In the midst of an unprecedented event in American electoral history, in which a hostile foreign power mobilized some credulous writers to help it attack a political party and engineer the outcome of a presidential race, I think it’s worth looking back on the last six years or so of “movement transparency,” as spearheaded by groups like Wikileaks and the journalists who’ve embraced leaks-based journalism, so see where we are.
In short, what I’ve seen is a sea change in norms about privacy and newsworthiness, something that’s created a gap in our boundaries of what is appropriate and what is not appropriate, and as a consequence the demand for transparency-oriented leaks has violated the privacy of potentially millions of people, with horrifying effects. Let’s look at how Wikileaks and its allies have gone about its vaunted transparency mission to see if we can derive a coherent moral philosophy behind the leaks and transparency movement:
- The government reviewing telephone metadata is an intolerable rights violation, but leaking sensitive and legitimate foreign intelligence operations is an appropriate response;
- The war in Iraq is bad; therefore leaking sensitive military and diplomatic documents that put hundreds of civilians into mortal danger and risks dozens of conflict resolution programs is an appropriate response;
- Stratfor, the for-profit consultancy is bad, so therefore the government is wrong to prosecute an anonymous member who published hundreds of thousands of their credit card details;
- The Democrats are bad, therefore leaking their private emails along with sensitive identity and financial details is an appropriate response;
- Sony is bad for making a comedy film about North Korea, so therefore leaking the sensitive personal information about regular Sony employees, including their social security numbers and HIPAA information;
- CIA chief John Brennan is bad, so attack his family and attempt to humiliate him;
- The Turkey ruling party AKP is bad, therefore leaking thousands of e‑mails to the party from rank and file members and exposing the PII of innocent people and apparently every single adult woman in Turkey is acceptable.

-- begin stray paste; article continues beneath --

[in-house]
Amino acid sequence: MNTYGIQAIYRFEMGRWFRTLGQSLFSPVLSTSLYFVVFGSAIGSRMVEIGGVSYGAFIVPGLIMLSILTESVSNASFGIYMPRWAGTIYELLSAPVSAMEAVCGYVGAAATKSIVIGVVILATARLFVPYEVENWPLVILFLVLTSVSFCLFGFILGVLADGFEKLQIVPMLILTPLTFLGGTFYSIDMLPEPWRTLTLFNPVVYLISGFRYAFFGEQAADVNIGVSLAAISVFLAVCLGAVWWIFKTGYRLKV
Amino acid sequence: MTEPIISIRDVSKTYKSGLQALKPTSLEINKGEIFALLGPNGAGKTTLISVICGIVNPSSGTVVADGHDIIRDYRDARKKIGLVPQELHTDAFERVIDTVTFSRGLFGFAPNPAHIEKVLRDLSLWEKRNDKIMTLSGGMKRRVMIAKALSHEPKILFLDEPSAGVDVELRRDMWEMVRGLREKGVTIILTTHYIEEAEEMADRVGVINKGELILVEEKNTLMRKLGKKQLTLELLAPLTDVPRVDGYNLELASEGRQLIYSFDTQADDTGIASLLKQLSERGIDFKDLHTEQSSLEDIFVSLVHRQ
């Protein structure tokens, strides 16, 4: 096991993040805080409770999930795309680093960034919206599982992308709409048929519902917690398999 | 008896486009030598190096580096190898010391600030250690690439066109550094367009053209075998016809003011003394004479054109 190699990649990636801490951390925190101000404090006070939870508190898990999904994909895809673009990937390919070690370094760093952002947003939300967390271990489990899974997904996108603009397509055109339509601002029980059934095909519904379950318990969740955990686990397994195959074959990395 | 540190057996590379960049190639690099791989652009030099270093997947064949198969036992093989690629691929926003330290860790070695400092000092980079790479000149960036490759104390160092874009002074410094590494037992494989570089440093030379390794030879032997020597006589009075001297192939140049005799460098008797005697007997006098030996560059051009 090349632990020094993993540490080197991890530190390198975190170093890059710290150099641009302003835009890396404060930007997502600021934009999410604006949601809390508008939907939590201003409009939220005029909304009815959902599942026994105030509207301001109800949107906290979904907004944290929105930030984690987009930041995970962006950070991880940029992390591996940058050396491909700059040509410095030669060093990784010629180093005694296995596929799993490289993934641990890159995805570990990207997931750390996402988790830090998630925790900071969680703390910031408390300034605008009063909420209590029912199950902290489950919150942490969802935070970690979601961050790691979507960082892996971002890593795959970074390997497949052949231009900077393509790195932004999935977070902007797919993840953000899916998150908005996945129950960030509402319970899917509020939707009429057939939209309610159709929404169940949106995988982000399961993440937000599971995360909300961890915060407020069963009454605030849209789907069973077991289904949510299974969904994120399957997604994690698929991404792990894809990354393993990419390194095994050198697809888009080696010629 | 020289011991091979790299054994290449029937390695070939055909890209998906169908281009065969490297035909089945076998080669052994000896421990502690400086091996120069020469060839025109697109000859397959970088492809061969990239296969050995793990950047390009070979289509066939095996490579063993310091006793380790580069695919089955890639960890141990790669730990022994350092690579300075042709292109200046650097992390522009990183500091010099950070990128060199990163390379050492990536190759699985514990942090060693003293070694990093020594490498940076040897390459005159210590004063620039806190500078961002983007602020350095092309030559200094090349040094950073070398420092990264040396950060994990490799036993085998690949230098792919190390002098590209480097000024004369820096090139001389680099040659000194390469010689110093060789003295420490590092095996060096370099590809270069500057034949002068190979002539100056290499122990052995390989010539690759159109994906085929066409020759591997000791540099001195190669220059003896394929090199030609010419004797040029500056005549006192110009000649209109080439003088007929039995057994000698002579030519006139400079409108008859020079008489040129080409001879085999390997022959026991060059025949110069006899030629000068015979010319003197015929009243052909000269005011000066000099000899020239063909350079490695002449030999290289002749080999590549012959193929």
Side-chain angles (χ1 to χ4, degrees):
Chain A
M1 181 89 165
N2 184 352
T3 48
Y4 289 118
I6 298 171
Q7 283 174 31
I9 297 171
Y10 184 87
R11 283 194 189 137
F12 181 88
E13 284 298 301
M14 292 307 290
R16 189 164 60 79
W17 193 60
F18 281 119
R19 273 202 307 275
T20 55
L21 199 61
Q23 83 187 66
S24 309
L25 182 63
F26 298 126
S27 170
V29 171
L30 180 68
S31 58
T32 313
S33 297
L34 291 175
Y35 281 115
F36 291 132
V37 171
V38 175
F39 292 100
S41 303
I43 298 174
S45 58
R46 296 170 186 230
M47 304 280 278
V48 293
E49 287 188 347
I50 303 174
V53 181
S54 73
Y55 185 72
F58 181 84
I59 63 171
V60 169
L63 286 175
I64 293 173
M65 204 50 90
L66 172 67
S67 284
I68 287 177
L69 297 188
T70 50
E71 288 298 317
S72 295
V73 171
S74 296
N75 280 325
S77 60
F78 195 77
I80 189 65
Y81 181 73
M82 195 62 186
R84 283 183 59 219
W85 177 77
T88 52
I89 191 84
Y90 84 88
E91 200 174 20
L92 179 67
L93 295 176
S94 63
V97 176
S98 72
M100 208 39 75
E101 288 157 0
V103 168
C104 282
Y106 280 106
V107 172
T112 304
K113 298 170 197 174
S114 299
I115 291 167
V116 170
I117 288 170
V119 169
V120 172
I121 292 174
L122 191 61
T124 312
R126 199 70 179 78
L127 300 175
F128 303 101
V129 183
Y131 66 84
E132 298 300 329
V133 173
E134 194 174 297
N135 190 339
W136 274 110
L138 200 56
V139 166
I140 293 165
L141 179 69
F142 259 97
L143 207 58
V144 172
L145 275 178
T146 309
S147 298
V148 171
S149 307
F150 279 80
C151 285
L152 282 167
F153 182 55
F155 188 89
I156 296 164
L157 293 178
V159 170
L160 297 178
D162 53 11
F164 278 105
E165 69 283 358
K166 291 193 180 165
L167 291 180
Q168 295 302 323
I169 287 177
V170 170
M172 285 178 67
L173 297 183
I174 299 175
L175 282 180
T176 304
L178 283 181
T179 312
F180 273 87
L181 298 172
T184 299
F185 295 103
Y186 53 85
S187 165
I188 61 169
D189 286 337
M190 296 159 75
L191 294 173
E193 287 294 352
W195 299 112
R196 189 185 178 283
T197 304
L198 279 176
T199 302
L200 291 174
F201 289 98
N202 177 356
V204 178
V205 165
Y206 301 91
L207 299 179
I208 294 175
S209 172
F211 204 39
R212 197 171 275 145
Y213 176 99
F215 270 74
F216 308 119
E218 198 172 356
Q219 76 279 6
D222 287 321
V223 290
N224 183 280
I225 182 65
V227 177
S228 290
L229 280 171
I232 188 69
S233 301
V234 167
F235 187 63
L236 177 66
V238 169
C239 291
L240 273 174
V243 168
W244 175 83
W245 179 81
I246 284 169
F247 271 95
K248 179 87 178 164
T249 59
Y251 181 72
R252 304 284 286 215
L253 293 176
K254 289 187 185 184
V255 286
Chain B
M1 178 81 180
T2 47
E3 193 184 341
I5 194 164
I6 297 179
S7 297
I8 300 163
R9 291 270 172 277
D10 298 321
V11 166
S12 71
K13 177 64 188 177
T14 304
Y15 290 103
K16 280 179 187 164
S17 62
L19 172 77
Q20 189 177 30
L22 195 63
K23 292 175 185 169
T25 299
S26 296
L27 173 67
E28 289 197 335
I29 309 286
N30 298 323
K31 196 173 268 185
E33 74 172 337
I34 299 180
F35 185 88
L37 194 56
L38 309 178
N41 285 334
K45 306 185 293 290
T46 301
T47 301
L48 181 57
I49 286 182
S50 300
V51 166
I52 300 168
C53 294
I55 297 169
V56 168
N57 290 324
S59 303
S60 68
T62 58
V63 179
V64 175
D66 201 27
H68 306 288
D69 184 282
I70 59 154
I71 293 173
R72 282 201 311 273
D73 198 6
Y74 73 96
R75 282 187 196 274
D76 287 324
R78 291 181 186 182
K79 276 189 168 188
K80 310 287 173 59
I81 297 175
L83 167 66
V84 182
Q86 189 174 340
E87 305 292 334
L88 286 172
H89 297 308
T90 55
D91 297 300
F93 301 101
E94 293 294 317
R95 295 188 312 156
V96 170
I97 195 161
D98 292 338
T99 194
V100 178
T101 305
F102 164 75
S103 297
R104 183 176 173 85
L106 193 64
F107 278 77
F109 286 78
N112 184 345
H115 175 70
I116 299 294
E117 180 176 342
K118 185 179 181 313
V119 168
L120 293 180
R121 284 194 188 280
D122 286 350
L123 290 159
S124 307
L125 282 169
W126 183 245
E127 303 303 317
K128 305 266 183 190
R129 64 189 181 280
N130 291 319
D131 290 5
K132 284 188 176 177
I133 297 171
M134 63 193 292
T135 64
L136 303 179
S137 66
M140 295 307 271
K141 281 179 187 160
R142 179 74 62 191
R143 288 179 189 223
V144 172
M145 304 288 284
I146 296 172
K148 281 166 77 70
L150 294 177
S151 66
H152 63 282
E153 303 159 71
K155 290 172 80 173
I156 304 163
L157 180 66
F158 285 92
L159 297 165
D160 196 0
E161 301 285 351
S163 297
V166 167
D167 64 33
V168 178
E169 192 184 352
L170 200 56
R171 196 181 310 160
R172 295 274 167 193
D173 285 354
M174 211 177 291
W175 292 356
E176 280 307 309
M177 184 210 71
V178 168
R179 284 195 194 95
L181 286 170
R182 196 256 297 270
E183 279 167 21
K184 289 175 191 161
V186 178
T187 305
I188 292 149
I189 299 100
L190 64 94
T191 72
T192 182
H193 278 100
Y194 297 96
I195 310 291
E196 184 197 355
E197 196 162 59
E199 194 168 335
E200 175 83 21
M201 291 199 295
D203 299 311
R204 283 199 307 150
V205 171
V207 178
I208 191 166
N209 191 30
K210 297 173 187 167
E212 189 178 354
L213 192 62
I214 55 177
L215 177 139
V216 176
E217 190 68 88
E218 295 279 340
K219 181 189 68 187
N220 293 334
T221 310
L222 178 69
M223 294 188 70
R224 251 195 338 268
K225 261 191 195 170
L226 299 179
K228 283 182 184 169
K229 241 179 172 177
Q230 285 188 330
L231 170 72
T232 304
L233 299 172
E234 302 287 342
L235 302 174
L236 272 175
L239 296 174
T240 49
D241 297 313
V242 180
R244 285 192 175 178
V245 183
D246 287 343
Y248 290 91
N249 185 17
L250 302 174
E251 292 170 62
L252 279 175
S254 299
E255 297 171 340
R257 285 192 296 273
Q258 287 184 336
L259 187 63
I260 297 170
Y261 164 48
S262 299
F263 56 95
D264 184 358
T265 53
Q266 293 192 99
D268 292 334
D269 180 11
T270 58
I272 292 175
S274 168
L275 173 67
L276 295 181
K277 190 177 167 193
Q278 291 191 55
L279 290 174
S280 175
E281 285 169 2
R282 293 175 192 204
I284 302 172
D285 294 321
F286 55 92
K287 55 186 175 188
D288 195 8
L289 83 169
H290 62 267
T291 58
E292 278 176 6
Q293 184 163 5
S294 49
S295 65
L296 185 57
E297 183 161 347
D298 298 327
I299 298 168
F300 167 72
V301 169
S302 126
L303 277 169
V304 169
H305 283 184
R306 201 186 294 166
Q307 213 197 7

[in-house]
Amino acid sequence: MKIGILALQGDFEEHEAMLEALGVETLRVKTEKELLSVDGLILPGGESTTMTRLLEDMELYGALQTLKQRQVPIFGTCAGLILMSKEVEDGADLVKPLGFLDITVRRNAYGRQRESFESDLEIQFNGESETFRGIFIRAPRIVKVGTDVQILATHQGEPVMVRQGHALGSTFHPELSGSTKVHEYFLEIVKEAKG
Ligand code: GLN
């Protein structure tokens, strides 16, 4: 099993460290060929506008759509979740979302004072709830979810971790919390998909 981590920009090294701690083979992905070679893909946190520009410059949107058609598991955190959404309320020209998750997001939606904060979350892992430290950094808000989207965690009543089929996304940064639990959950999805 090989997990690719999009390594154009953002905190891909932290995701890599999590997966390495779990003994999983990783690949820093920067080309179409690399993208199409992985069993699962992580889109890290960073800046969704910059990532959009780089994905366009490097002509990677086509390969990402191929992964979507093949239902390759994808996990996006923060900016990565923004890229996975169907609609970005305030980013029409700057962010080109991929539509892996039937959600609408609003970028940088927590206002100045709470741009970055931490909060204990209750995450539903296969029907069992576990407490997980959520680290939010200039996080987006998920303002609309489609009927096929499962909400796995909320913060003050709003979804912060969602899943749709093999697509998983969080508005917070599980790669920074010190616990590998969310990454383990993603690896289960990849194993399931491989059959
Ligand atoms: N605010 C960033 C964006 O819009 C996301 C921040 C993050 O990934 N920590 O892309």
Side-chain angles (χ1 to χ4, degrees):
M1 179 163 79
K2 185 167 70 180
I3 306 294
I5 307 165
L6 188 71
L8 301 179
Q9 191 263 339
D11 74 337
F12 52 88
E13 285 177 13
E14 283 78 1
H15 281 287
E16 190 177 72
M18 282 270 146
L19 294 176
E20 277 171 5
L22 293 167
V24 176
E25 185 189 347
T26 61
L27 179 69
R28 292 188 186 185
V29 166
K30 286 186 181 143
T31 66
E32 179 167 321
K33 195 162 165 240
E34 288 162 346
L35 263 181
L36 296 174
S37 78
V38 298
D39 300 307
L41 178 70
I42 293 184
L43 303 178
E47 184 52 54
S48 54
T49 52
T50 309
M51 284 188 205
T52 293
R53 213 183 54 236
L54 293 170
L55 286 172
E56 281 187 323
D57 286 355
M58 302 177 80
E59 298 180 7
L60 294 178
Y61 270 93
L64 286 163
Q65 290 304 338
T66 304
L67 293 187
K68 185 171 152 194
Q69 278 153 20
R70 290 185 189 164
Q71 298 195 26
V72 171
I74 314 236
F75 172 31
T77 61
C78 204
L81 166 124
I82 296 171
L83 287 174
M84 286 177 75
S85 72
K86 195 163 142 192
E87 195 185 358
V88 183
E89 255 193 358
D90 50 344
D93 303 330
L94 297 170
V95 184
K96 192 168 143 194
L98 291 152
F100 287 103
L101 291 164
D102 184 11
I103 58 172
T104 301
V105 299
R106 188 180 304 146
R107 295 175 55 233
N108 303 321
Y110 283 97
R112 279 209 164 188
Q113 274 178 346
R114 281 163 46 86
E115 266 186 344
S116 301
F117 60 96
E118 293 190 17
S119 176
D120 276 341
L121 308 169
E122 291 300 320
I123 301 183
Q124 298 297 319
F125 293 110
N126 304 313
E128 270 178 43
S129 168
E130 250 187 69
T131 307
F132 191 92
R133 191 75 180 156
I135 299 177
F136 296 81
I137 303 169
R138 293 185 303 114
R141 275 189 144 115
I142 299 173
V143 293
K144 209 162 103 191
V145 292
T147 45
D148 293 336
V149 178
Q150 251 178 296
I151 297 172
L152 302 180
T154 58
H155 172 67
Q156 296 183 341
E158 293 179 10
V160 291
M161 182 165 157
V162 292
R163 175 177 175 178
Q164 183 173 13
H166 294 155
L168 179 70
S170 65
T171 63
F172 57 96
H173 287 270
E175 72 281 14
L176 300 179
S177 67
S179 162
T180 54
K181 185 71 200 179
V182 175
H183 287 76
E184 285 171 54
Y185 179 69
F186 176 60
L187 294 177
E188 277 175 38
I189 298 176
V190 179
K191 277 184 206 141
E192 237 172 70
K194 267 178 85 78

See what’s going on here? The normative change is not toward more personal security and more institutional transparency. It is using leaks as a punitive revenge mechanism against a perceived enemy — not the pursuit of truth, or even holding the powerful accountable (if a doctor were this cavalier with how her treatments affected people she’d have her license revoked). It is a scattershot movement by a noted conspiracist who’s simply out to disrupt and destroy everyone and everything he thinks are “anti-privacy,” even if he has to destroy thousands of lives in the process.
But this movement is more than just what Wikileaks and their credulous journalist allies are doing. There has been a normative change within journalism itself (“journo-derp”), which eschews a preponderance of on-the-record evidence in favor of connecting-the-dots with scattered primary source documents and a whole lot of moralism.
But even more sober journalists, who do not imagine themselves totally-not-KGB-funded IF Stone types, have fallen into the leaks-as-news business, with terrible consequences for privacy. One of my biggest gripes with the groupthink over Edward Snowden’s leaks is the sense that a harried journalist with a deadline and a word count could possibly treat a government or a person’s private data with more care than an elected official or a official government governed by laws and procedures for doing so.
This was foremost in my mind as the OCCRP released the first tranche of documents from its Panama Papers collection. The journalists involved certainly reported on their documents with much more care than the Washington Post and Guardian did with Edward Snowden’s document trove, and certainly with more deliberation than the scramble over Wikileaks. But even then: how many innocent people, who were not heads of state or powerful officials, have their private financial data exposed to an unknown group of people to peruse?
This is the heart of leaks-based “transparency” — it is anti-privacy, and it sweeps up thousands of innocent people in its wake. But alas, so long as there are clicks to be had, scalps to win, and an eager hermit awaiting his questioning in a rape case exploiting an anti-western government’s embassy privileges in London, there aren’t any real structural reasons for the industry to take better steps to safeguard innocent people in their mad rush for pilfered documents.